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A father's sin

When we neglect self-evaluation, we risk repeating our ancestors' mistakes. This concept holds true not only in large-scale scenarios like war or genocide but also in our personal lives. Each day, we're granted the opportunity to make new choices, exercising what we call free will.


Consider the story of Sam, a boy raised in a typical family reminiscent of those in average sitcoms. However, Sam's seemingly idyllic world was shattered when he and his mother discovered that his father had been unfaithful. This betrayal tore their 'Leave it to Beaver' style family apart, leaving a lasting impact on Sam.


Sam grew up embittered, his belief in trust and love severely compromised. Echoing his father's footsteps, Sam replicated these mistakes, almost relishing in the repetition. Lacking the ability for self-reflection, he undervalued the woman who loved him dearly, choosing chaos and destruction over love and peace. Thus, the cycle continued.


Sam's actions not only affected him but also the woman in his life, mirroring the emotional trajectory of his mother and grandmother. Now, this unnamed woman, also a mother to Sam’s daughter, endures similar heartache. Her perspective on men is shaped by these experiences, a viewpoint marred by disillusionment and hurt.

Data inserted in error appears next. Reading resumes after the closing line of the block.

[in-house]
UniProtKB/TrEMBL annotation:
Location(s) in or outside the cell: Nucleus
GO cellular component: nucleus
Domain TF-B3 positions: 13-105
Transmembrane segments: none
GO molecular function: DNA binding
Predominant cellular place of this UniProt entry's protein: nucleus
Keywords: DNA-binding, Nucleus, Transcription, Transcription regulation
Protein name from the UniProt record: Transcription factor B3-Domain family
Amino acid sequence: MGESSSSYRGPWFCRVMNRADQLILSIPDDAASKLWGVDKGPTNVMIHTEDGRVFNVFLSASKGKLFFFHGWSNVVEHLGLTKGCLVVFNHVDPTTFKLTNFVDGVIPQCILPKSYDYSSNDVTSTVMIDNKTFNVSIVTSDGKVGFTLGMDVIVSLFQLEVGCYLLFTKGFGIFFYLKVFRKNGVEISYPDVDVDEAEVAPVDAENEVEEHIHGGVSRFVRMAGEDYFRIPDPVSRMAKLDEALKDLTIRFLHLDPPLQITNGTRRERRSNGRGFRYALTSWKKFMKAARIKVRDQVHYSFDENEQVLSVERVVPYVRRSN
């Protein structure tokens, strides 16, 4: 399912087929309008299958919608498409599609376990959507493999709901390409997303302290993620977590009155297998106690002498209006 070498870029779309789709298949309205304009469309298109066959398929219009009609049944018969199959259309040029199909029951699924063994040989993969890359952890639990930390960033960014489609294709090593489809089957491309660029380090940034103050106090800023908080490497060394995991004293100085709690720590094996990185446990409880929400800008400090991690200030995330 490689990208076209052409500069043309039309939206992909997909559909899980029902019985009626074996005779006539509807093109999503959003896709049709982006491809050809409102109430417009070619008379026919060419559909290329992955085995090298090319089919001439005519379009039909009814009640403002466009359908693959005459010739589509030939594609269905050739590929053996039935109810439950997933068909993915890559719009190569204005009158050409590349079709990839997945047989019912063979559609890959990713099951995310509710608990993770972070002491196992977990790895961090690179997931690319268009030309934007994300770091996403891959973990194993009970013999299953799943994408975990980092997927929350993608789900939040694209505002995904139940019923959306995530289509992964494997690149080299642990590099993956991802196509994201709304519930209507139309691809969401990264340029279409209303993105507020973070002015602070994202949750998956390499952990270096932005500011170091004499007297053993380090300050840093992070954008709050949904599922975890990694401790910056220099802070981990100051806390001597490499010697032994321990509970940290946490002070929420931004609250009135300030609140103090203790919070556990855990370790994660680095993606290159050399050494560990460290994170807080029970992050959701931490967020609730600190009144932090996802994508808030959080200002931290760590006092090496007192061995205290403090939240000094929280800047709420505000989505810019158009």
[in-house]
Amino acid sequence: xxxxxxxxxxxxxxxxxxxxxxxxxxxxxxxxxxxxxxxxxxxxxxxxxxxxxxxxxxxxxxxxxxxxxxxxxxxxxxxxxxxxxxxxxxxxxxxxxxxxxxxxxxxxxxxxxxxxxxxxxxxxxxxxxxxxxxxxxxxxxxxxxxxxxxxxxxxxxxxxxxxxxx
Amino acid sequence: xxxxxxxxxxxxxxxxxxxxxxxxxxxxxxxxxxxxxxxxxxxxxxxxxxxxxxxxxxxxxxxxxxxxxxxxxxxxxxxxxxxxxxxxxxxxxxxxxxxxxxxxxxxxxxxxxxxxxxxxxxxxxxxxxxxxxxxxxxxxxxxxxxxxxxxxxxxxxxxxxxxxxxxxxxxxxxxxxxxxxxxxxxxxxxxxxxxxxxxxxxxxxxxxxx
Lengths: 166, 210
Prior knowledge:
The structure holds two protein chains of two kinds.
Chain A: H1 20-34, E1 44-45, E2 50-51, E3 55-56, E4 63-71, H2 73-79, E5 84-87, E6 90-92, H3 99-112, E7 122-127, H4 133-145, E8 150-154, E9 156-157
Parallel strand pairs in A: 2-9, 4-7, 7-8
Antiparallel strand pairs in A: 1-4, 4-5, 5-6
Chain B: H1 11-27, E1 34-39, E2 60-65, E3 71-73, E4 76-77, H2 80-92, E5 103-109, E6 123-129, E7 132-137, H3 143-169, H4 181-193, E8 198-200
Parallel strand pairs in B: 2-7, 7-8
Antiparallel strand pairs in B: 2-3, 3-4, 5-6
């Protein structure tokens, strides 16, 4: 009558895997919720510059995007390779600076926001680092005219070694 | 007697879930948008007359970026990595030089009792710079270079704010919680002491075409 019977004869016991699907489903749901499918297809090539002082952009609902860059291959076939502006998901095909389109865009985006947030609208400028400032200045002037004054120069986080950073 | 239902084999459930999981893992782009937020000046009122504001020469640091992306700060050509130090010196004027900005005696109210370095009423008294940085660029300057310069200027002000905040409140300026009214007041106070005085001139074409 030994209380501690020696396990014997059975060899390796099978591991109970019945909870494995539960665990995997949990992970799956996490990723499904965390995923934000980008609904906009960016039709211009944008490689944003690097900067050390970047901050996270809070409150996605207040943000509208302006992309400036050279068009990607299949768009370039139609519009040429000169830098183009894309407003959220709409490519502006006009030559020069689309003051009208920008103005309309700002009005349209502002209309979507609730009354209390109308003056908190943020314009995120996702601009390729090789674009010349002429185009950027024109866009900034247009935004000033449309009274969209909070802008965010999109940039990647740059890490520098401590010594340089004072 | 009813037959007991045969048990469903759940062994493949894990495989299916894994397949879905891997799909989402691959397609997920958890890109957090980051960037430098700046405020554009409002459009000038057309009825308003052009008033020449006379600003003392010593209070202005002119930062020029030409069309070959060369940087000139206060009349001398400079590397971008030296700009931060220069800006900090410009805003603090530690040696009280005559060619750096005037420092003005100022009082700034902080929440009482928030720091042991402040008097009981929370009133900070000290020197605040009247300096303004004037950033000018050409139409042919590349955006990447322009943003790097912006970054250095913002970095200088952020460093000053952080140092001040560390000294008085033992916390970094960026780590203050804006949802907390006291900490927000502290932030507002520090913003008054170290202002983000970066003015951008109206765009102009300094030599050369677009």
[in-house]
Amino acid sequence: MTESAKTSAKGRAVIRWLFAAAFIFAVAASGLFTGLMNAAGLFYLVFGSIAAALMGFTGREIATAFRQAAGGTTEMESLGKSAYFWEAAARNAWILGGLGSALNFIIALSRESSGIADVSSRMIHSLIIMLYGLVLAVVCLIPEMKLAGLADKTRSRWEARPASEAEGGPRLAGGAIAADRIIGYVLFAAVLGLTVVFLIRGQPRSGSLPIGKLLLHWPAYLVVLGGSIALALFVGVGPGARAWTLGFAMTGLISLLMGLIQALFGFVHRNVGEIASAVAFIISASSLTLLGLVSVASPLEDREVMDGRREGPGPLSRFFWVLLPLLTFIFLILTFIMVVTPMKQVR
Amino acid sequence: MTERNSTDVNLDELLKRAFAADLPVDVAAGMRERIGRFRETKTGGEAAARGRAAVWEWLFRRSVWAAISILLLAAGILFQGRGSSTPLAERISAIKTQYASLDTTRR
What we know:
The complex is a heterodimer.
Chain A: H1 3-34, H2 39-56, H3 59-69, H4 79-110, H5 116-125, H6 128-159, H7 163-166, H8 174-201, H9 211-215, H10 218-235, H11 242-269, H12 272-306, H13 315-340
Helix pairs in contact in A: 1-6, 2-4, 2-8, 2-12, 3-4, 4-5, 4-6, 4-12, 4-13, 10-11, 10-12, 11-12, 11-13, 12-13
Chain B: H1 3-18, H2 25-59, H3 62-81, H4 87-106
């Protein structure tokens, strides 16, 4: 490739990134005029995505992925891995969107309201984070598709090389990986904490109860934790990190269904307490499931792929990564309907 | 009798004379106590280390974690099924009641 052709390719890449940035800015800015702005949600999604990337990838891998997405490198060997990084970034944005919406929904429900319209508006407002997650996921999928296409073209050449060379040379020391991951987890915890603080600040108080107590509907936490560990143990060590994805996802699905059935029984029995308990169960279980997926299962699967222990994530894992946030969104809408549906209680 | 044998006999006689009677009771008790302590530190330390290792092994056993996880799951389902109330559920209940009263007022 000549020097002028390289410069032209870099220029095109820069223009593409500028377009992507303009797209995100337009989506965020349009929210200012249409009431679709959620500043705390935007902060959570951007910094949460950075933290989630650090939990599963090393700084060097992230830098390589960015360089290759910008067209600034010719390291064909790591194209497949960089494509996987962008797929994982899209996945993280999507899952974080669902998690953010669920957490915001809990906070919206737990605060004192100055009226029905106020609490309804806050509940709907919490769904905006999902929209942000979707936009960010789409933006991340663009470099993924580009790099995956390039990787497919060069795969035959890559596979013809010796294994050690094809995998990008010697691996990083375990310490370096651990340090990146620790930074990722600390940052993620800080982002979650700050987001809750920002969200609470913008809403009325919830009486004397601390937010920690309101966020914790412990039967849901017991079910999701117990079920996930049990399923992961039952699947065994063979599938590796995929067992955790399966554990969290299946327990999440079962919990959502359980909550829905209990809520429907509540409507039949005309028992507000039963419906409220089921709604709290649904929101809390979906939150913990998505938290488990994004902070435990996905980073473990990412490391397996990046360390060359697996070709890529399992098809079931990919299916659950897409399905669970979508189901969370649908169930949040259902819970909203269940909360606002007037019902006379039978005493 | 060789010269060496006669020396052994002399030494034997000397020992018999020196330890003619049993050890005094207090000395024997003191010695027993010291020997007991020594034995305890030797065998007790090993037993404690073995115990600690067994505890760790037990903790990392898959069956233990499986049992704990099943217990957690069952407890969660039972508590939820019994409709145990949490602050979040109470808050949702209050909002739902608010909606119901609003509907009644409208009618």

The hope lies with Sam’s daughter, who might possess what her father lacked: the capacity to choose differently and break this destructive cycle. Yet, the question arises: if she seeks to change her narrative, with whom will she break the cycle? What are the odds that both individuals will have the foresight and resilience to build a healthy relationship, especially when coming from backgrounds devoid of true, partnered love?


This story, while fictional, reflects a harsh reality. It serves as a cautionary tale for our community, emphasizing the need for individual change and the pursuit of something greater than fleeting pleasure. Our challenge is to rewrite this narrative, to aspire for more profound, lasting connections and break the chains of generational mistakes.


Later,

Darrian




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